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Inflation on Wall Street; deflation on Main Street

Chances are that when you visited your local Tesco Express to buy a sandwich and a soft drink for lunch, the queues were pretty much the same as they always are.  That, however, was not enough to prevent Tesco – the UK’s largest supermarket chain – announcing another big round …

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Toxic medicine

Introducing the reforms that were to come to be known as “neoliberalism,” British Prime Minister Margaret Thatcher famously explained: “Yes, the medicine is harsh, but the patient requires it in order to live. Should we withhold the medicine? No. We are not wrong. We did not seek election and win …

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Reliving old glories

It is not often that you get to feel sympathy for a Tory minister.  This morning was one of those few occasions (a little bit at least).  The latest, hapless, British Foreign Secretary, Dominic Raab – who apparently only a few weeks ago discovered that the English Channel is a …

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The art of painting lipstick on a pig

Financial journalists are engaged in a form of psychological warfare with the wider public today.  With a few notable exceptions, the aim is to paint as rosy a picture as possible to the unwashed masses whose pension contributions and continued borrowing are the only things keeping the bubble inflated.  Unfortunately, …

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That ‘Great Moderation’ moment again

In 2004, when then Fed Chairman Ben Bernanke popularised the term “The Great Moderation,” it seemed to almost all concerned that humankind had finally conquered the vagaries of the free market.  Both inflation and unemployment were low and the stock markets were booming.  Monetary policy, independent of government interference and …

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An abundance of flattery

Among the most grating habits of government ministers is the tendency to answer a slightly different question to the one which was asked.  For example, in response to a question about how the government is going to respond to the recent report that more than 14 million Britons are living …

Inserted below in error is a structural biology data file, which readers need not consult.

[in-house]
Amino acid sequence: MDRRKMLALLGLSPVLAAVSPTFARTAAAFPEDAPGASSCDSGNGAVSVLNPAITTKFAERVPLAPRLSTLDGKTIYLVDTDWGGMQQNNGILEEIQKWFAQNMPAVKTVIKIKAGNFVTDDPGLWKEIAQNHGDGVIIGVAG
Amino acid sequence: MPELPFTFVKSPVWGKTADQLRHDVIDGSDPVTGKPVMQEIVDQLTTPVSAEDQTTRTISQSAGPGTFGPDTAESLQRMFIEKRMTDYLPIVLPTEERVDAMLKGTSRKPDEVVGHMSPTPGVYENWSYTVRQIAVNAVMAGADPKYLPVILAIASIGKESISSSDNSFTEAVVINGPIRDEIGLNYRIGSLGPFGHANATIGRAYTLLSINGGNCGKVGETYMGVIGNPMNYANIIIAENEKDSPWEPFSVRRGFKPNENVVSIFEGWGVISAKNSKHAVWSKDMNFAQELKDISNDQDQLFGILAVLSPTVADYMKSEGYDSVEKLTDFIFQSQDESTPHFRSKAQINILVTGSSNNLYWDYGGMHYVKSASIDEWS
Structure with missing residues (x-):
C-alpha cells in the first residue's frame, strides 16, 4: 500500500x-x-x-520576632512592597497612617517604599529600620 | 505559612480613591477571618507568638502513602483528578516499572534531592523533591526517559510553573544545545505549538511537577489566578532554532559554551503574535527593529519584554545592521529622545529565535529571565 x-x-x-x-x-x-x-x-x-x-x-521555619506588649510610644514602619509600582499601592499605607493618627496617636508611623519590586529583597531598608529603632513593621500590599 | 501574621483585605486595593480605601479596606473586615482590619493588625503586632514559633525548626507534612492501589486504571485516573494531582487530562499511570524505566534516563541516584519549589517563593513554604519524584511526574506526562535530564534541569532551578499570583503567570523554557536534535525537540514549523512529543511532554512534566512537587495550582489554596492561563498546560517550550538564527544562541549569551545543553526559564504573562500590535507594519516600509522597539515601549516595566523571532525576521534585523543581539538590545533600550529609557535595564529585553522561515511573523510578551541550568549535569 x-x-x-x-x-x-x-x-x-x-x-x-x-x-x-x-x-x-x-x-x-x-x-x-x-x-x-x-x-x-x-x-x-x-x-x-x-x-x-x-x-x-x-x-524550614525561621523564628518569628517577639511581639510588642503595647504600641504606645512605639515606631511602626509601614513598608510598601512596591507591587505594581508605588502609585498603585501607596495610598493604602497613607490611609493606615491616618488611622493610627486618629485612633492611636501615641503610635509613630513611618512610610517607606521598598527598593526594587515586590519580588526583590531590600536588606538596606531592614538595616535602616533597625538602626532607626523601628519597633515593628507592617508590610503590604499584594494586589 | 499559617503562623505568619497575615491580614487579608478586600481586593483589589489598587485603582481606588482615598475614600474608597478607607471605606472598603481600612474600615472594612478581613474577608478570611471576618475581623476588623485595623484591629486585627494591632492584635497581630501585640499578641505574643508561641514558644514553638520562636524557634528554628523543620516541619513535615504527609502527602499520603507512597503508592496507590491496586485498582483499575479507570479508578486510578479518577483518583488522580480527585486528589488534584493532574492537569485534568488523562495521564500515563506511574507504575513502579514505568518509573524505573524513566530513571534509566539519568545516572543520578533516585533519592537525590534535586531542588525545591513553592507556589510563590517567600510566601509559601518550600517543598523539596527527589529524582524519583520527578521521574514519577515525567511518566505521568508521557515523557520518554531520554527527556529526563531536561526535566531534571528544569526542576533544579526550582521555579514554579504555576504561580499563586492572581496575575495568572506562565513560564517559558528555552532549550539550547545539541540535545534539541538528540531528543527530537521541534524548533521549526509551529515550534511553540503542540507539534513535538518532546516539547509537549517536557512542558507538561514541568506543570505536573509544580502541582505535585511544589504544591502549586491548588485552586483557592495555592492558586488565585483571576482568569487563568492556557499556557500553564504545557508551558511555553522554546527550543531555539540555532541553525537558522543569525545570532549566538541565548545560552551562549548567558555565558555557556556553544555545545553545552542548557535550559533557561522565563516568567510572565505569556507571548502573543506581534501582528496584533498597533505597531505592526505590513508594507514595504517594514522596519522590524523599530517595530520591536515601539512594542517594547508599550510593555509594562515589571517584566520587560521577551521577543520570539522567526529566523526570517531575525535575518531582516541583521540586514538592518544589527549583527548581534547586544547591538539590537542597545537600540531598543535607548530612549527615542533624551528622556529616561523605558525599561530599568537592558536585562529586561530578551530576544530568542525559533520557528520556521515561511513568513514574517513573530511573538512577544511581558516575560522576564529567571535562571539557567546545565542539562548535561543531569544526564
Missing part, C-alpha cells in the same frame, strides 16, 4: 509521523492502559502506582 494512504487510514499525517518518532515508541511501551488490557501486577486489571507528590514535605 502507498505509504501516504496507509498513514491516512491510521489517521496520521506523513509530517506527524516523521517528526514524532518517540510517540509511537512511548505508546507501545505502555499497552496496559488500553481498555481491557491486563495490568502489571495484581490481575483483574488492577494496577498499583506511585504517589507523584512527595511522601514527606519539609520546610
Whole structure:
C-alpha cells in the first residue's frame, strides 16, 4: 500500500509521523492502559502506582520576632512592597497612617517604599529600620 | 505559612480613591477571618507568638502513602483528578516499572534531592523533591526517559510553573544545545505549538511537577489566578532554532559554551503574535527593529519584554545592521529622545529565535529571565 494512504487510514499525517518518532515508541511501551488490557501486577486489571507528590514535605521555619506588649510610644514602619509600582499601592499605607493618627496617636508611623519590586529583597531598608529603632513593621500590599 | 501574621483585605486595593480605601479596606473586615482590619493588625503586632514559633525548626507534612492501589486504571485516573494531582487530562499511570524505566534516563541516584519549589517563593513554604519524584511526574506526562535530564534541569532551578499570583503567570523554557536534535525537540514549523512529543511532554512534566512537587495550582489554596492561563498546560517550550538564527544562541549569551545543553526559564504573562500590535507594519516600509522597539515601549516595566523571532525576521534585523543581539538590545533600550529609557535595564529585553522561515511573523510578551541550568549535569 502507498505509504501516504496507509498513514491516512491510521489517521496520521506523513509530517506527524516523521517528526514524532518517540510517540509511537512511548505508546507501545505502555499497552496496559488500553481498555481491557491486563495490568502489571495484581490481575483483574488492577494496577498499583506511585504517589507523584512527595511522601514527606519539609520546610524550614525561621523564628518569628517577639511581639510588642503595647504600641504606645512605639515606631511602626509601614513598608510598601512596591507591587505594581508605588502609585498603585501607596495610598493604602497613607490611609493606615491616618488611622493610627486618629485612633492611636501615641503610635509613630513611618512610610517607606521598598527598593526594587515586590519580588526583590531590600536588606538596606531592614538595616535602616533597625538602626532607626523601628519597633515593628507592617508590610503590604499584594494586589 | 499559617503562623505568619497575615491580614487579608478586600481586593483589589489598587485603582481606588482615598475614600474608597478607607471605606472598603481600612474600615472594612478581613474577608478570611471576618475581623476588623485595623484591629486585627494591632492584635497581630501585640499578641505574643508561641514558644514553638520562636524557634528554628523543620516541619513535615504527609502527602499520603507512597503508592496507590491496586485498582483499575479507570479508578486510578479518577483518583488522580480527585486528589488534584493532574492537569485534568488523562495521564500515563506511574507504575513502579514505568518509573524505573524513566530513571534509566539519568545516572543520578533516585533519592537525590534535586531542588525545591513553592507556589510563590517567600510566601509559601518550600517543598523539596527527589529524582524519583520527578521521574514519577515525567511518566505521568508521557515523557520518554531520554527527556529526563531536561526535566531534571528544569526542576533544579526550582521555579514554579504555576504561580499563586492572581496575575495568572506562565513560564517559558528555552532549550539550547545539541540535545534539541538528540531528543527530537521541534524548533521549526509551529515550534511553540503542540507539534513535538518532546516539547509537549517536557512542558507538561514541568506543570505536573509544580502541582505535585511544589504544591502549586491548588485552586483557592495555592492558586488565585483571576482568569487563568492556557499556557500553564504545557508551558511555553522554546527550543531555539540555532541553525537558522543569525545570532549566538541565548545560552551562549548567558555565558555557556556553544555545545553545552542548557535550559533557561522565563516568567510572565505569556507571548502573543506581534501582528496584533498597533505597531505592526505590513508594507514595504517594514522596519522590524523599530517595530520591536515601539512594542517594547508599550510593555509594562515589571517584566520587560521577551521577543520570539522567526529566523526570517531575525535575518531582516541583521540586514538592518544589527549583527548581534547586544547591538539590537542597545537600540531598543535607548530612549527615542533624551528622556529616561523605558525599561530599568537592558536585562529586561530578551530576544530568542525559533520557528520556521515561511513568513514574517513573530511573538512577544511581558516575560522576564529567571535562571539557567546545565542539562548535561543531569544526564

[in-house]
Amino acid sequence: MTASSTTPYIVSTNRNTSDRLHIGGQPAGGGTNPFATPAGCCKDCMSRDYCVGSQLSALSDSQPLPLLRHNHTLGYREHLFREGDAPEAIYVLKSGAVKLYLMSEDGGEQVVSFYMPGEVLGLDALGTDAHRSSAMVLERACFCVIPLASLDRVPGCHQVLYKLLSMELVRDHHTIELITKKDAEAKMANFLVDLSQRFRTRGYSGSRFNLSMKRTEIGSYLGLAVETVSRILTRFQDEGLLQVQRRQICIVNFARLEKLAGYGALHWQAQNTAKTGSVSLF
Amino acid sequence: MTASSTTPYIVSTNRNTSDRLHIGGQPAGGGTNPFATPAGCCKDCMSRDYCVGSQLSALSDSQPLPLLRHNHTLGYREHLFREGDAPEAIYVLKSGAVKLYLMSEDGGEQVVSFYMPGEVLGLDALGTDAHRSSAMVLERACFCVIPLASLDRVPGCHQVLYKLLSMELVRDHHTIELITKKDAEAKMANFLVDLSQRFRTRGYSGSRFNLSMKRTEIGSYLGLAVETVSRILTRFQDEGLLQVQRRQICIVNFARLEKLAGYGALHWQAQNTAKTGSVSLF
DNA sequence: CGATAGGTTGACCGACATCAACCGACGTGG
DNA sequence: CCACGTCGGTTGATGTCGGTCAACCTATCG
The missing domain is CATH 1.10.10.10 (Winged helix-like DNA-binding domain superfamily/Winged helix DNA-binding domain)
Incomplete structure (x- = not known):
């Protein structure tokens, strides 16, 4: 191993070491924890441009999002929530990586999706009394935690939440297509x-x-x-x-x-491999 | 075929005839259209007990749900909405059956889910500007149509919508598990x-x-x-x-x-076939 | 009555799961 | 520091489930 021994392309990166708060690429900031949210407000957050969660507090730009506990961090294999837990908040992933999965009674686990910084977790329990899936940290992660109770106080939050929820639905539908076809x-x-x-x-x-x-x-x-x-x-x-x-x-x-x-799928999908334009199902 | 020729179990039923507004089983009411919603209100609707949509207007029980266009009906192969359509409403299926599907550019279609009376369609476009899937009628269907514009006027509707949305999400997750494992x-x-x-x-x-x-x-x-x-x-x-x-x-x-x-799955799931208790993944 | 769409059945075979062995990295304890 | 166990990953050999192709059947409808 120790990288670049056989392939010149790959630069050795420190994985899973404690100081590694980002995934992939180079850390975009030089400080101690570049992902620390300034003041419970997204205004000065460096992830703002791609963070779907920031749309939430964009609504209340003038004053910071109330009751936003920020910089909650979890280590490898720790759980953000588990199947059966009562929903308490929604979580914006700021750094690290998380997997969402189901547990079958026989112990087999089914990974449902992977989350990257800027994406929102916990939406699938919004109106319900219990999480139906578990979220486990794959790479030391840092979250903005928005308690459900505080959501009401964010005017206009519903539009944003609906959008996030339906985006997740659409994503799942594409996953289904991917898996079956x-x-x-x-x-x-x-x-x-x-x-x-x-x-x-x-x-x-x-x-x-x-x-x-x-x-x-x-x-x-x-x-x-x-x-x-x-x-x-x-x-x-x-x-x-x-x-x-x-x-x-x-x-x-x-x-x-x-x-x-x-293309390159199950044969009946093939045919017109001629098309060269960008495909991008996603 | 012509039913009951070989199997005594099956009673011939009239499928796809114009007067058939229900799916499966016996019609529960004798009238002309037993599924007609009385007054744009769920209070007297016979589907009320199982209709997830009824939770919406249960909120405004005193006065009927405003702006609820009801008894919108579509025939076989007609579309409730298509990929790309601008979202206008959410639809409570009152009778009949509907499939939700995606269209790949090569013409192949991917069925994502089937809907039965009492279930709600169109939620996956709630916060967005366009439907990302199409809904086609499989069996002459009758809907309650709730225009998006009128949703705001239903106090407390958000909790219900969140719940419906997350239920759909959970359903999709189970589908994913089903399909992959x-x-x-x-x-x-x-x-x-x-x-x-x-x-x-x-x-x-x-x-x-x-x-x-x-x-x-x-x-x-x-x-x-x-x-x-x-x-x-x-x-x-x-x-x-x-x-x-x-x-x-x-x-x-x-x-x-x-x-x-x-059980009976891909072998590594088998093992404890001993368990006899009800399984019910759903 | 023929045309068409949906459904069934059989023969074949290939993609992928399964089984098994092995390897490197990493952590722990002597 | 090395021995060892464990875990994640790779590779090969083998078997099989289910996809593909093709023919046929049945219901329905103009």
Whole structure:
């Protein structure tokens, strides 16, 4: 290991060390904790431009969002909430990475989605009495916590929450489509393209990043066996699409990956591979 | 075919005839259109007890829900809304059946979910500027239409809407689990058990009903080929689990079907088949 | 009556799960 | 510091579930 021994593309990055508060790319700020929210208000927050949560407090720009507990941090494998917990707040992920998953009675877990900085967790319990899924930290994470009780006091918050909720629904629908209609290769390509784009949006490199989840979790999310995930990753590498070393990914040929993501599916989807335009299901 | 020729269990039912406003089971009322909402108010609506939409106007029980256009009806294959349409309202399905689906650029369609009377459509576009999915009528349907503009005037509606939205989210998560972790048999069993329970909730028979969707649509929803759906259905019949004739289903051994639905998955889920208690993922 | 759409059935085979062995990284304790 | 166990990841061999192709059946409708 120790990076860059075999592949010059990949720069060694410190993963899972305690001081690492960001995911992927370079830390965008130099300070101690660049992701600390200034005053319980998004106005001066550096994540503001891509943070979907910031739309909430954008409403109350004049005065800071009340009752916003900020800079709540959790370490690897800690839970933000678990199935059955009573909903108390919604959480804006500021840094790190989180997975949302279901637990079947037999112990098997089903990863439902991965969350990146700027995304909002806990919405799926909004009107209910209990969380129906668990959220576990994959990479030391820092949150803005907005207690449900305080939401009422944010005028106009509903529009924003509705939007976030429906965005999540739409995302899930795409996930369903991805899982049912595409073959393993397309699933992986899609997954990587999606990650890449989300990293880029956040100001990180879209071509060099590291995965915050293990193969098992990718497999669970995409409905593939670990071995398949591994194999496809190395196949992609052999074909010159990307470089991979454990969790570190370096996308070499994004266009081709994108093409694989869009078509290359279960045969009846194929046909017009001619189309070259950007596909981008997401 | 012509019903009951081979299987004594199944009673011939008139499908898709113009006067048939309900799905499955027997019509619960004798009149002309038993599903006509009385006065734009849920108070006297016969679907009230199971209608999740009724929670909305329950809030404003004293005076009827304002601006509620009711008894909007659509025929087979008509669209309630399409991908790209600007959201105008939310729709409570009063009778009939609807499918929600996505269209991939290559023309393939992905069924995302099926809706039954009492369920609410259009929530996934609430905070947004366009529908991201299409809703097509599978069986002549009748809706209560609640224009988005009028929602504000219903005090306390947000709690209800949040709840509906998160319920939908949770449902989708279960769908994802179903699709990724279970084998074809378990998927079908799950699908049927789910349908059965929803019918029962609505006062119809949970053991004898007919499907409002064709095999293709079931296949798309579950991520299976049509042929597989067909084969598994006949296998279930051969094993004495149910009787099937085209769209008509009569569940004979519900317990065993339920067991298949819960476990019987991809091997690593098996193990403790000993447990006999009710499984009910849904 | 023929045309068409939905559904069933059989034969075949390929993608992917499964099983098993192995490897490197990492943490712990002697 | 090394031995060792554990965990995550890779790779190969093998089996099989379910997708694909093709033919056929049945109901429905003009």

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Glimpsing the world beyond Brexit

Among the more foolish Tory delusions around Brexit was the belief that securing a trade deal with the EU27 would be simple.  As International trade secretary Liam Fox told BBC’s Today Programme two years ago: “The free trade agreement that we will have to do with the European Union should …

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The fourth industrial revolution in practice

Smart Meter display

Among the more comical ingredients of the various forms of proposed green new deals, the high-tech “fourth industrial revolution” ranks highly.  Central to this techno-utopian vision is the electrification of the economy and a switch from a manufacturing to a service economy.  And key to this is the comprehensive installation …

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Divided down under

Coal mine in Queensland

Australia is the latest democracy to discover that climate emergencies are incompatible with neoliberal inequality.  In a repeat of the 2016 Brexit and Trump votes, all of the polling for last week’s general election predicted that a strong environmental platform would propel the Australian Labor Party into government.  Instead, in …

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Situating the appreciation

Inequality UK

Sir Angus Deaton is the latest apostolic legate of the econometric priesthood to be given the unenviable task of coming up with a cause and a cure for income inequality and its socio-political consequences without challenging the underlying disease.  The motivation for appointing Deaton – a Nobel laureate economics professor …

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